Press Freedom Status: Not Free
Total Score: 98/100 (↓1) (0 = Most Free, 100 = Least Free)
Legal Environment: 30/30
Political Environment: 39/40 (↓1)
Economic Environment: 29/30

Quick Facts

Population: 25,100,000
Freedom in the World Status: Not Free

Key Developments in 2016:

  • In May, North Korea expelled a reporter, cameraperson, and producer with the British Broadcasting Corporation (BBC), accusing them of filing reports critical of the regime.

  • In September, Agence France-Presse (AFP) opened a bureau in Pyongyang, joining just a few other foreign outlets that have a permanent presence in the country.

Executive Summary

North Korea has one of the most repressive media environments in the world. All domestic media outlets are state controlled and closely monitored, and produce propaganda with the aim of ensuring absolute loyalty to Kim Jong-un, who assumed the country's leadership after the death of his father and predecessor, Kim Jong-il, in 2011. Reports suggest that the political environment in North Korea became more repressive in 2016, as Kim increased state oppression amid the continued deterioration of the economy.

Access to foreign and independent media is tightly restricted, and those found consuming unauthorized news content face severe punishment. A handful of journalists working underground intermittently produce independent news reports, but these are generally unavailable within North Korea, and are consumed by audiences abroad.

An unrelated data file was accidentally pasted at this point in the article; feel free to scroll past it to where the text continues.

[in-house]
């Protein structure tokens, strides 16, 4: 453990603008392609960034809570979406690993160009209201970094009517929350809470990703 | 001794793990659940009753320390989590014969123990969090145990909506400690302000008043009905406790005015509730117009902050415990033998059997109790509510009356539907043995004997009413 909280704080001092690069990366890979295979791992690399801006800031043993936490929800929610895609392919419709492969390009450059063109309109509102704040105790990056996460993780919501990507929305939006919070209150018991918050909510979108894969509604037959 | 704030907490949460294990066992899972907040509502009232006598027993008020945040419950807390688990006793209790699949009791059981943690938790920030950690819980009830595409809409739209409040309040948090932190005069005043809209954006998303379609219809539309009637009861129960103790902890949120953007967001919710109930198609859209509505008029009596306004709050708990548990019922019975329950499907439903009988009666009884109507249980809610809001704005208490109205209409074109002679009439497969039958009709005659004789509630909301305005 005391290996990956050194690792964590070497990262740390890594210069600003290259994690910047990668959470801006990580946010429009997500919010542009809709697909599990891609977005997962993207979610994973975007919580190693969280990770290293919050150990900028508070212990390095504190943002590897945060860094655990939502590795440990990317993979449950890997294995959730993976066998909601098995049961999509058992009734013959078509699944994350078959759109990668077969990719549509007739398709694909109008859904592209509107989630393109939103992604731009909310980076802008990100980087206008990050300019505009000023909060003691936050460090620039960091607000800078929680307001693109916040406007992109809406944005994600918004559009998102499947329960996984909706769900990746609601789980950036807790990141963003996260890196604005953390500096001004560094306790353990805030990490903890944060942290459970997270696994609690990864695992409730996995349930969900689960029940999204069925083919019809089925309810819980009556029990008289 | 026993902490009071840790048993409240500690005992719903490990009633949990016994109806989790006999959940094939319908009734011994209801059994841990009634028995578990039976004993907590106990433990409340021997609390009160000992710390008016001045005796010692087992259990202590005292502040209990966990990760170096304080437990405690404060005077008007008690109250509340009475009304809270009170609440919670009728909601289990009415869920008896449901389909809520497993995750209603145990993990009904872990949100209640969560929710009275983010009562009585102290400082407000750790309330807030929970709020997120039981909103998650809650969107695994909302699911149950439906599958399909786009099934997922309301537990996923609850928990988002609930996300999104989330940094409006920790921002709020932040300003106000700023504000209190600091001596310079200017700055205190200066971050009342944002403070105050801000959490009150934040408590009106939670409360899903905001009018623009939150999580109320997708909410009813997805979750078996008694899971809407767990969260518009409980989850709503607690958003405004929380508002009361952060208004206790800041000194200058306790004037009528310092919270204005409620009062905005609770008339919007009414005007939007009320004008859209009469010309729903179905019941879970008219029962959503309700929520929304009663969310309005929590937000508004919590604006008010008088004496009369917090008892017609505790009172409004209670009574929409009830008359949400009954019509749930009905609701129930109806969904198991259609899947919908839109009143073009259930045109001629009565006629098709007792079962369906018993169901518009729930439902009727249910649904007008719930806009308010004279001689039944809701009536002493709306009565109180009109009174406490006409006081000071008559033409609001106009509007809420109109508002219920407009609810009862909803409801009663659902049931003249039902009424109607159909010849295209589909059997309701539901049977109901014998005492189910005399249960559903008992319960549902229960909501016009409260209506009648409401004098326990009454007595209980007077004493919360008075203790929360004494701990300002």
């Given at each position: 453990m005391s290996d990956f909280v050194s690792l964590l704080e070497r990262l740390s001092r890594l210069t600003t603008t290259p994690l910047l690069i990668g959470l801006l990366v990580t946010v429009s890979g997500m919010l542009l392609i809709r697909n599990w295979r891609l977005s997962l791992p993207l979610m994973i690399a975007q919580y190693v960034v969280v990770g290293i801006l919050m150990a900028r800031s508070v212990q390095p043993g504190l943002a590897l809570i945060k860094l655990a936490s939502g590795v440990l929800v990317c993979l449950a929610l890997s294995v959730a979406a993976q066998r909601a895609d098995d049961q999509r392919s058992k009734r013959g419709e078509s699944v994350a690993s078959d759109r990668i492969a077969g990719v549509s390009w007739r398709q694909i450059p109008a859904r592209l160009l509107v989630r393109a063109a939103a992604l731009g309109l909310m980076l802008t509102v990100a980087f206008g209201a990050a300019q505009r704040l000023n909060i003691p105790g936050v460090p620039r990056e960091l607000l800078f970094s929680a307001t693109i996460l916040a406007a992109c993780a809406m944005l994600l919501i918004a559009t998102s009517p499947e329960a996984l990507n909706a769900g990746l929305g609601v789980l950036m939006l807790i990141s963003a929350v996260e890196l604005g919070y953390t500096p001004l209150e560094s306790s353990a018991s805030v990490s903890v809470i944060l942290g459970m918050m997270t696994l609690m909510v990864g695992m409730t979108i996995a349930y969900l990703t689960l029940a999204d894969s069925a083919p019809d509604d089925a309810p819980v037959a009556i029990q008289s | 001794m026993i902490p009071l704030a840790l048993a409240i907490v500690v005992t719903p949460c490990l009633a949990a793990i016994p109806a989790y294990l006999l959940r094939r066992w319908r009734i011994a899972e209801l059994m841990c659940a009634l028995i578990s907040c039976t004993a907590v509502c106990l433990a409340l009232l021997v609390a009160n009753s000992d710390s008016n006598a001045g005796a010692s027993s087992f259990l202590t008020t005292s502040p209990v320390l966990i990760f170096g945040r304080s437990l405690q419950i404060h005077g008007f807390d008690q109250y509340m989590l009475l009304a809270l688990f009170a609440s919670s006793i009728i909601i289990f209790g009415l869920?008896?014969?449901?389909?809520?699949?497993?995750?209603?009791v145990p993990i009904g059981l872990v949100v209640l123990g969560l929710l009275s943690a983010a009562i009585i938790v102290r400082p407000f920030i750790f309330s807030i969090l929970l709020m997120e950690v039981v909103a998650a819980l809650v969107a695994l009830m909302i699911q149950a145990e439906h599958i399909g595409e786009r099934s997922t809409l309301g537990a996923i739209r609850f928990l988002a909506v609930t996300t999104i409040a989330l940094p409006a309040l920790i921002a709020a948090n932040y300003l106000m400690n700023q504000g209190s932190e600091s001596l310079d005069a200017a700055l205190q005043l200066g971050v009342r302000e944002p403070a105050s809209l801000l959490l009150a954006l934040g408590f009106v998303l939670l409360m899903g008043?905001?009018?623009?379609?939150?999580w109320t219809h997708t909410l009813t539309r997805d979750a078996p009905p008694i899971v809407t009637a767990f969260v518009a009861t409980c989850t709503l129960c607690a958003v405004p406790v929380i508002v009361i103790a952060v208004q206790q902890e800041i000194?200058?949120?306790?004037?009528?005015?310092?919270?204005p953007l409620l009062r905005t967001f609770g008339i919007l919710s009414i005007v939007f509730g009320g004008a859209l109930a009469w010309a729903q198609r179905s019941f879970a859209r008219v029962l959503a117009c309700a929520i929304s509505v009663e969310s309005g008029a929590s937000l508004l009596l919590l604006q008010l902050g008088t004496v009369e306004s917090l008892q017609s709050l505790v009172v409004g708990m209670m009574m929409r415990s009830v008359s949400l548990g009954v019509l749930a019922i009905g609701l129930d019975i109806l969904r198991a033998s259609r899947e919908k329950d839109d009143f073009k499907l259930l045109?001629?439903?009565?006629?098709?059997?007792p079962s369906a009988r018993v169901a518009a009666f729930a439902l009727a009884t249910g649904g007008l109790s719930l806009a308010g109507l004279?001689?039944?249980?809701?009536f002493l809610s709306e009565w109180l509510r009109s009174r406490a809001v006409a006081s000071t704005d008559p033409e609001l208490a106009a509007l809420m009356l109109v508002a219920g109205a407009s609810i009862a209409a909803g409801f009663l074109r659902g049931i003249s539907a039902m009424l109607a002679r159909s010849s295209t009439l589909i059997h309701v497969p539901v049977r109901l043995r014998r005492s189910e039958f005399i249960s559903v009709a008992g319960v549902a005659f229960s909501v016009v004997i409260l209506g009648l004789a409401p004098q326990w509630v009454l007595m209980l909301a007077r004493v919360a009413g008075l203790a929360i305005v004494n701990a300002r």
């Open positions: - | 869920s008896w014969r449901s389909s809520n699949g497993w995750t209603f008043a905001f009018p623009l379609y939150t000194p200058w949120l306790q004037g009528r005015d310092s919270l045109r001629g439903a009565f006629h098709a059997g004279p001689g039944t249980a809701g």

Despite restrictions on media, in recent years there has been an increase in the flow of news and information into the country. Foreign radio stations and organizations produce news broadcasts from across the border that can be heard in North Korea. Smuggled foreign DVDs have also become an important source of information about life outside North Korea. However, according to North Korean defectors, Kim has intensified efforts to curb the inflow of outside information, including by tightening security along the country's borders. Thae Yong-ho, a former North Korean diplomat who defected in August 2016, said during a news conference that the regime closely monitors diplomats who returned to the country from abroad in order to prevent them from spreading outside news.

Access to the country by foreign journalists is limited. However, the regime does on occasion invite foreign journalists to cover events that shed a favorable light on the state; they are assigned North Korean minders, who accompany them on state-planned itineraries. In May 2016, authorities expelled a team of three BBC journalists who were covering a research trip to the country by a group of Nobel laureates; officials reportedly objected to their coverage of life in Pyongyang, and of the country more generally. However, in September, AFP opened a North Korean bureau, joining just a few other foreign news organizations with a permanent presence in the country. These include the Associated Press (AP), Russia's RIA Novosti, Japan's Kyodo news agency, and China's Xinhua news agency.

Explanatory Note

This country report has been abridged for Freedom of the Press 2017. For background information on press freedom in North Korea, see Freedom of the Press 2016.

This is not a UNHCR publication. UNHCR is not responsible for, nor does it necessarily endorse, its content. Any views expressed are solely those of the author or publisher and do not necessarily reflect those of UNHCR, the United Nations or its Member States.